Action Movies Essay Research Paper Simply by — страница 7

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Schwarzenegger plays what is literally a killing machine in a hybrid of biological and technological matter, unfeeling and unstoppable. In Terminator 2: Judgement Day (1991), the Terminator has become an agent of good, who, sent to save Sarah and John Connor (Linda Hamilton and Edward Furlong), eventually demonstrates even better mothering skills than Sarah does. Perhaps most symptomatic of the country's anxieties about the President's anti-war record (though Reagan never served in the Armed Forces either), there have been a number of action films in which the hero is the American President himself, Clintonesque in policy and warm, fuzzy accessibility, but revised in the imaginary world of the action film so as to be simultaneously capable of physical force, with the military

record to prove it. Bill Pullman not only inspires his troops in Independence Day, he also hops into his jet fighter, as the film tells us he did in the Gulf War, and leads them into battle. In Air Force One (1997), U.S. president Harrison Ford protects his Hillary-esque wife and Chelsea-esque daughter from rogue terrorists (in American action films, an eminently reliable and repeatable adversary), reaching back to his experience in the field to become an indignant one-man army ("get off my plane," he tells arch-villain Gary Oldman, as he tosses him whirling into the atmosphere).The '90s have brought inevitable twists and tinkering to the action film genre. Certainly there have been forays into feminizing the genre, starting earlier with Sigourney Weaver as Ripley in

Aliens (1986), who is far less contemplative than she is in the first film (Alien, 1979). Point of No Return (1993), starring Bridget Fonda, was based on the French film La Femme Nikita (1990), starring Anne Parillaud, and it has since become a successful syndicated television serial. Most cartoonishly, Pamela Anderson starred in the comic-based Barb Wire (1997).But if there is a new classicism to the genre, it is to be found in the work of John Woo. Largely as a result of the American "discovery" of the work of Woo and director/producer Tsui Hark, Hong Kong Action Cinema (itself profoundly influenced by American action films, Westerns, and even melodrama, as well as Cantonese theatre and martial arts films) has made its mark on some of the most successful recent action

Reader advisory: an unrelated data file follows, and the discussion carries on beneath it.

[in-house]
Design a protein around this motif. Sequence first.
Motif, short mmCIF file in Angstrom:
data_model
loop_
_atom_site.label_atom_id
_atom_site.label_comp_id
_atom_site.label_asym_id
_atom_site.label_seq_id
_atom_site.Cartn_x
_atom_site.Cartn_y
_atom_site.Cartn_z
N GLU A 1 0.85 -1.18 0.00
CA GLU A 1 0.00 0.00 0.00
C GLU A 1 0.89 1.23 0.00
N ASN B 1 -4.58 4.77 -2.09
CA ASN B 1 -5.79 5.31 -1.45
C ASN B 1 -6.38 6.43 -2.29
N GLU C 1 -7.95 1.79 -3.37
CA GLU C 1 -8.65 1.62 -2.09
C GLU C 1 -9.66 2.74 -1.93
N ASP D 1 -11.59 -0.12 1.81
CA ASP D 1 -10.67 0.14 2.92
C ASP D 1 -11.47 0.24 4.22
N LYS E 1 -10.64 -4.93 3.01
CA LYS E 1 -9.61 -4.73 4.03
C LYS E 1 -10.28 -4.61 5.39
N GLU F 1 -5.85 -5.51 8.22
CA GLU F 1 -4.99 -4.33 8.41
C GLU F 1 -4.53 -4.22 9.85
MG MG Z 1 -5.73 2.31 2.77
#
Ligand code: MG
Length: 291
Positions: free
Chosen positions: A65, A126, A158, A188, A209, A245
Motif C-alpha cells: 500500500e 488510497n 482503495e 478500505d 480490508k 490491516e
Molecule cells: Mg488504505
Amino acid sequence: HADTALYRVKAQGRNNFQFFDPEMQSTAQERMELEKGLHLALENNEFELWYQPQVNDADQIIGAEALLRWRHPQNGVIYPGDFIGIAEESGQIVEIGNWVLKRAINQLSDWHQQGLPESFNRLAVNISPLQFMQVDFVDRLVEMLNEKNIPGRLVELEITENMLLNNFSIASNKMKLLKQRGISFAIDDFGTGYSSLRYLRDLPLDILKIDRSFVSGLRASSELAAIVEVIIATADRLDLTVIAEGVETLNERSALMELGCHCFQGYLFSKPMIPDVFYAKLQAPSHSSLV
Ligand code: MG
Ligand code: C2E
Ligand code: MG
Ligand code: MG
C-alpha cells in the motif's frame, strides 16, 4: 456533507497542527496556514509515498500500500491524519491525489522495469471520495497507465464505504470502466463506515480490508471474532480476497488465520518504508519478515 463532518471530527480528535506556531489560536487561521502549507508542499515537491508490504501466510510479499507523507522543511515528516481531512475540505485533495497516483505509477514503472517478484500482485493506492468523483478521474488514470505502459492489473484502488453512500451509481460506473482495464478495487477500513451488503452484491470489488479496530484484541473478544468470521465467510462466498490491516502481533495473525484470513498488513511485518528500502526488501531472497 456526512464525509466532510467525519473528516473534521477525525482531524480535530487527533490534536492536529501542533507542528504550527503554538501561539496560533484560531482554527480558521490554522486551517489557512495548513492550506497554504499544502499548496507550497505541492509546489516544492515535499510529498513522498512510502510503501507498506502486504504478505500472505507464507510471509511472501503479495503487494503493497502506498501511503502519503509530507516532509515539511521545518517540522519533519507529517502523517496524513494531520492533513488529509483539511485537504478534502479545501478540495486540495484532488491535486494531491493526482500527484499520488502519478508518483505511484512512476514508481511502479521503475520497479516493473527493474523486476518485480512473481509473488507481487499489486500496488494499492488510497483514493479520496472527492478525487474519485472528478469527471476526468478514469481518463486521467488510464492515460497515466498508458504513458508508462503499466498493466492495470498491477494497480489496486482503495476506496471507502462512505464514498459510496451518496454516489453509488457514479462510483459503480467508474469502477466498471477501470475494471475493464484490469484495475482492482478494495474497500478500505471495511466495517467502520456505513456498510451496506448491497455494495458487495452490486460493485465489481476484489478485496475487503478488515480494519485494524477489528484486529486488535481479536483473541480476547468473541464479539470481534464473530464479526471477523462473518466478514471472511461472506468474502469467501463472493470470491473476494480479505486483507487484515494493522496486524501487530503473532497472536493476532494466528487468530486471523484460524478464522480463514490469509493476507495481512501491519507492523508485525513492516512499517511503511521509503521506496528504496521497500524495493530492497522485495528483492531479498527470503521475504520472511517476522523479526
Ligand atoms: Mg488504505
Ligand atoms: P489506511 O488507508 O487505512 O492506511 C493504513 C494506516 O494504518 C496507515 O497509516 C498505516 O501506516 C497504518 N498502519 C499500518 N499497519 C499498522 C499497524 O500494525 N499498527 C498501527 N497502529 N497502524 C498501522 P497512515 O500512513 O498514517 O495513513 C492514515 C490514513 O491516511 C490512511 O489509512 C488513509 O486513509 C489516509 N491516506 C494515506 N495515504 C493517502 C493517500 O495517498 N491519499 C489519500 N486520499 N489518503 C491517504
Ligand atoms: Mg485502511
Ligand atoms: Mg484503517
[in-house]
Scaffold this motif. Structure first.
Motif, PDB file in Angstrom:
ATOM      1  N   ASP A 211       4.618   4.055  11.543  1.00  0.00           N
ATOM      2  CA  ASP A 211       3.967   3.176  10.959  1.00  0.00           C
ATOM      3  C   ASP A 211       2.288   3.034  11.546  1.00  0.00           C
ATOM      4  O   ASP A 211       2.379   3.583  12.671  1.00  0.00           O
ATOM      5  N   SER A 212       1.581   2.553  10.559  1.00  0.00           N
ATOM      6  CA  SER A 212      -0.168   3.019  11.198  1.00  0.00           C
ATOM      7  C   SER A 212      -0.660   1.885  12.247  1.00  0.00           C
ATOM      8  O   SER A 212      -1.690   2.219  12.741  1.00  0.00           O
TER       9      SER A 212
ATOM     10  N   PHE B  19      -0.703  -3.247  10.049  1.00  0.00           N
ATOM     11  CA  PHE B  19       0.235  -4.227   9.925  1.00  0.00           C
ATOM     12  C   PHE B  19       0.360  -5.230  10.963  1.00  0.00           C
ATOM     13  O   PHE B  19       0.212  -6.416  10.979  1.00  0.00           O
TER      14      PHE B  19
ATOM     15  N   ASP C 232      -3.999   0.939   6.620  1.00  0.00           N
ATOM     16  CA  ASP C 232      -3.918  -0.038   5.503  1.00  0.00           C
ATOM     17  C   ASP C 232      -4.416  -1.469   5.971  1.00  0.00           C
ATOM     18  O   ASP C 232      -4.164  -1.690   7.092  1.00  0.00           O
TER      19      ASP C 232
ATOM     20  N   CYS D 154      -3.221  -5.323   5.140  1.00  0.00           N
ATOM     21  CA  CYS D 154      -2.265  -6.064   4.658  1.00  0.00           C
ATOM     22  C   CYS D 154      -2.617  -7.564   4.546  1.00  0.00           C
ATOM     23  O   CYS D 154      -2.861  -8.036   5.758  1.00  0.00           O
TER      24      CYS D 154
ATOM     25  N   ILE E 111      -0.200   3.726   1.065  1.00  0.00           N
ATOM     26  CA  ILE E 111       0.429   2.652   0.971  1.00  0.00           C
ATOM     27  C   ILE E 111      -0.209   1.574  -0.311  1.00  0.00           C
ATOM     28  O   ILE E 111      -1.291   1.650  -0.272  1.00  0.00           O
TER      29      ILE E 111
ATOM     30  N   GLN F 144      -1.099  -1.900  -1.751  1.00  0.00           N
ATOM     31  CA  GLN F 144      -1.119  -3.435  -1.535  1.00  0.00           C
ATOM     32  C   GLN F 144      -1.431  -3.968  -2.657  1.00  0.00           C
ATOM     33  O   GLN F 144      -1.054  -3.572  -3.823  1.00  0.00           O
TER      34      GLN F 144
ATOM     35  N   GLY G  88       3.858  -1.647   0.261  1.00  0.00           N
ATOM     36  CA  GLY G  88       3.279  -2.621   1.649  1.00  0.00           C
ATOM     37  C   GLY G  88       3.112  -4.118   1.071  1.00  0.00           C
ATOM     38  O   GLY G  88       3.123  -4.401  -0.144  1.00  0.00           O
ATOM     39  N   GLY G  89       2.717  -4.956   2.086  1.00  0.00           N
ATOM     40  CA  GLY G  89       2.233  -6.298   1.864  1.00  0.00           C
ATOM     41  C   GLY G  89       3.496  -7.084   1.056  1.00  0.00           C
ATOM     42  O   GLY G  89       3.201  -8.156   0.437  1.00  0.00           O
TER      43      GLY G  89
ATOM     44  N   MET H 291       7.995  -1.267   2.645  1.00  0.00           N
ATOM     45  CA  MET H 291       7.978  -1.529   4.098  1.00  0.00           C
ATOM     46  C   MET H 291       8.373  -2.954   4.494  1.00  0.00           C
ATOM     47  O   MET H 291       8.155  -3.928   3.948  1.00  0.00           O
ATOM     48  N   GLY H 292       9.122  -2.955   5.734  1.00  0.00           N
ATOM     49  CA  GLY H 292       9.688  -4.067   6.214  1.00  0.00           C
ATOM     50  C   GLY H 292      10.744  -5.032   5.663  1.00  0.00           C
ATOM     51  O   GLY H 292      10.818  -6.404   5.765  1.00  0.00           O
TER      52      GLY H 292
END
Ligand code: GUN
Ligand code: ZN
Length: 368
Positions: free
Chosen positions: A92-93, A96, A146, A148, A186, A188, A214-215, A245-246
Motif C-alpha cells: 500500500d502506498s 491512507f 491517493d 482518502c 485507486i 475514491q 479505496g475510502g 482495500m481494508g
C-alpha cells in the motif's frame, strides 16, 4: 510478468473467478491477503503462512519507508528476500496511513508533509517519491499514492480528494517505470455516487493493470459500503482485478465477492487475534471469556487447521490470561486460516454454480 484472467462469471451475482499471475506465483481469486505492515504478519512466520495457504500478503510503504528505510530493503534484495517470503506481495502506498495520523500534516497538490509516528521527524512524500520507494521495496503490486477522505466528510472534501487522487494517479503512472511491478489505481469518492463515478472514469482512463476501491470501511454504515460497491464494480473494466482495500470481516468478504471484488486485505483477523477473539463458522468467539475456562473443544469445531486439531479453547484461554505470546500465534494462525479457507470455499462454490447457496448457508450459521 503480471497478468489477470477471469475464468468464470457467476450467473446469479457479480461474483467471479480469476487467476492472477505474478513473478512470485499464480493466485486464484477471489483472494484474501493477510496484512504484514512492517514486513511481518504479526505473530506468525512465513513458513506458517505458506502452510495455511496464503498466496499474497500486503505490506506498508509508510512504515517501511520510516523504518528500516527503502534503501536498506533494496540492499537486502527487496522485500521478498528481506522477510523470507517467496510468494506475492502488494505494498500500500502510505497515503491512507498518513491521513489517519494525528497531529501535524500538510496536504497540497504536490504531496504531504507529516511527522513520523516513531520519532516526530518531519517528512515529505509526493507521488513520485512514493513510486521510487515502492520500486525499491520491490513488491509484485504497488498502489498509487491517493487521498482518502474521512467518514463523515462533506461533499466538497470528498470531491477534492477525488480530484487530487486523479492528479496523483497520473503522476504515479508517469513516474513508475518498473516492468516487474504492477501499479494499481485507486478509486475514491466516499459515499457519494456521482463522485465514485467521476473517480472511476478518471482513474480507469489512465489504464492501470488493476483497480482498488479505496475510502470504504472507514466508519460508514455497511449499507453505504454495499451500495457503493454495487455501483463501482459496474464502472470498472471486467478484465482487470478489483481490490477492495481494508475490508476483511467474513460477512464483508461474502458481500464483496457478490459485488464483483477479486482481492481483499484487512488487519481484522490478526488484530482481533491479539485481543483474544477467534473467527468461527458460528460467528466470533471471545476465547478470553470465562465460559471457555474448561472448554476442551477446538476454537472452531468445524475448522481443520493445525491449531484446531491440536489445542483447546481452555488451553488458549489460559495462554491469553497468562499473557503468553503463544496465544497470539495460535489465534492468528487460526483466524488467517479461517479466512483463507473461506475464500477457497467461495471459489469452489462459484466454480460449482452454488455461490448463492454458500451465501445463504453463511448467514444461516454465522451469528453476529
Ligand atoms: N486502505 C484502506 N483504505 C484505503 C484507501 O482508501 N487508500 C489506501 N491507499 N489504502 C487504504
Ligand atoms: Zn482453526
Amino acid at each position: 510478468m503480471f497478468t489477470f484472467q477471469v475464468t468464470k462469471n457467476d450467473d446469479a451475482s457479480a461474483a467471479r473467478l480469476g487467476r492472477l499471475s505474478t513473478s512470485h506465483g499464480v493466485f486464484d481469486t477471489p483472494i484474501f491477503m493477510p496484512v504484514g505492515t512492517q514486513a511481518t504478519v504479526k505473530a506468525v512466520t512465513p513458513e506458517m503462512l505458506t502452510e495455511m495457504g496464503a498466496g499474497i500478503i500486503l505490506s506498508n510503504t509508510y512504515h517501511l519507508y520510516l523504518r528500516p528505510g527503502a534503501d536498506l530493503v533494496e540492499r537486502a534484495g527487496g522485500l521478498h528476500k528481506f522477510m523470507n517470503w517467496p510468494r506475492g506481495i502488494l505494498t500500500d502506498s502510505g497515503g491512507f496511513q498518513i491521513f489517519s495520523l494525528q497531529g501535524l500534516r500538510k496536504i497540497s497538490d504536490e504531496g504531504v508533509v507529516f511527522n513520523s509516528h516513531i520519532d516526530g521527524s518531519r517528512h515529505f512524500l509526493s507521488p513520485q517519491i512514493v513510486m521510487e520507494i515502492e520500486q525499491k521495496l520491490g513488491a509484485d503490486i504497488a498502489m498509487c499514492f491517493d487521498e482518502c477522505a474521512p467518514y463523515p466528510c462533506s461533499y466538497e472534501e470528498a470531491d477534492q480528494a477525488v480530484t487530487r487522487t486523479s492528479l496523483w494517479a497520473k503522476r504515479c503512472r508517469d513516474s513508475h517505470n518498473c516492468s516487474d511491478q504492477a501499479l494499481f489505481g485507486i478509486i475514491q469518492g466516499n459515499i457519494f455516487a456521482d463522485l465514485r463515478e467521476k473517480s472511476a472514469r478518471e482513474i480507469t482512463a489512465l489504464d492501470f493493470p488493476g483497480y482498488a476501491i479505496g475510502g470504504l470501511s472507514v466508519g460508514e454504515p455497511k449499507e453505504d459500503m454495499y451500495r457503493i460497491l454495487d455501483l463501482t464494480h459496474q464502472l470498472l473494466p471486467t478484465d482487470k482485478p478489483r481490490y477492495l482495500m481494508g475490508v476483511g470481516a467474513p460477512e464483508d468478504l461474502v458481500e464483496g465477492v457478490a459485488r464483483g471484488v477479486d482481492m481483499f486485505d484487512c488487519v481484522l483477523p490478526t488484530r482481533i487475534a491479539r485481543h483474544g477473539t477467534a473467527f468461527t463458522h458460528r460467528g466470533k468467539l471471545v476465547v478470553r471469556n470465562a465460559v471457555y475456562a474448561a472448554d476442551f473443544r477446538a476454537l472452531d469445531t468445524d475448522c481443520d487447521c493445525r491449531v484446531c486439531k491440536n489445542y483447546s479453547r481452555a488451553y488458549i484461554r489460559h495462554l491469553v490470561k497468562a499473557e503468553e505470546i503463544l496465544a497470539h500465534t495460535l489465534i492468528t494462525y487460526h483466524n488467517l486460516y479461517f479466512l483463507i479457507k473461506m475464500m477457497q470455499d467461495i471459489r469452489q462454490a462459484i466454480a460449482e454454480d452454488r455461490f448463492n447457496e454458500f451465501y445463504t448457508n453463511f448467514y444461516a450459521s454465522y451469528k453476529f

films. John Woo's first American feature, the Jean-Claude Van Damme vehicle Hard Target (1993) was not particularly successful, but an increasing familiarity with Hong Kong Action films, as well as the popularity of some of its stars (Jackie Chan and Jet Li, as well as Michelle Yeoh) has led to an increasing intermixing of the two cinemas. Jackie Chan's features have been dubbed into English, and also made here (Rumble in the Bronx, Supercop, Who Am I?). Rush Hour, in which he co-starred with Chris Tucker, was one of the most successful films of 1998. Michelle Yeoh was an unusually independent and self-sufficient Bond Girl, playing opposite Pierce Brosnan in Tomorrow Never Dies (1998). After his success playing a villain in Lethal Weapon 4, Jet Li's first feature with United

States first-run distribution, The Black Mask was released in the summer of 1999.Woo's second U.S. feature, over which he retained considerably more creative control than Hard Target, was Broken Arrow (1996), with John Travolta in his first explicitly villainous role. This was followed by Face/Off (1997), in which the starring role is split by Travolta and Nicolas Cage. That Travolta is the good guy and Cage is the baddie is complicated by the fact that they assume each other identities, and in this they are typical Woo protagonists: one cop, one gangster, both stretching the limits of their professions, both, by the end, indistinguishable from one another, and often as close as brothers. In many ways, Face/Off is in fact a re-treatment of an earlier film Woo made in Hong Kong,

the Chow Yun-Fat vehicle The Killer (1989). Woo's internalization of a variety of American film genres also makes visible the ways in which action films have, at least in formal terms, replaced the one genre that seems to have almost no place in American film today: the classical song and dance musical. The action sequences, so carefully and often balletically choreographed, take the place of musical numbers, and the climactic action scene which audiences have come to expect as the grand finale (which could be no more emphatically or offensively punctuated than the reunion kiss between Schwarzenegger and Jamie Lee Curtis in front of a nuclear mushroom cloud in True Lies, is not unlike the closing number of a musical, in which no punch is pulled, all the dancers are on the stage,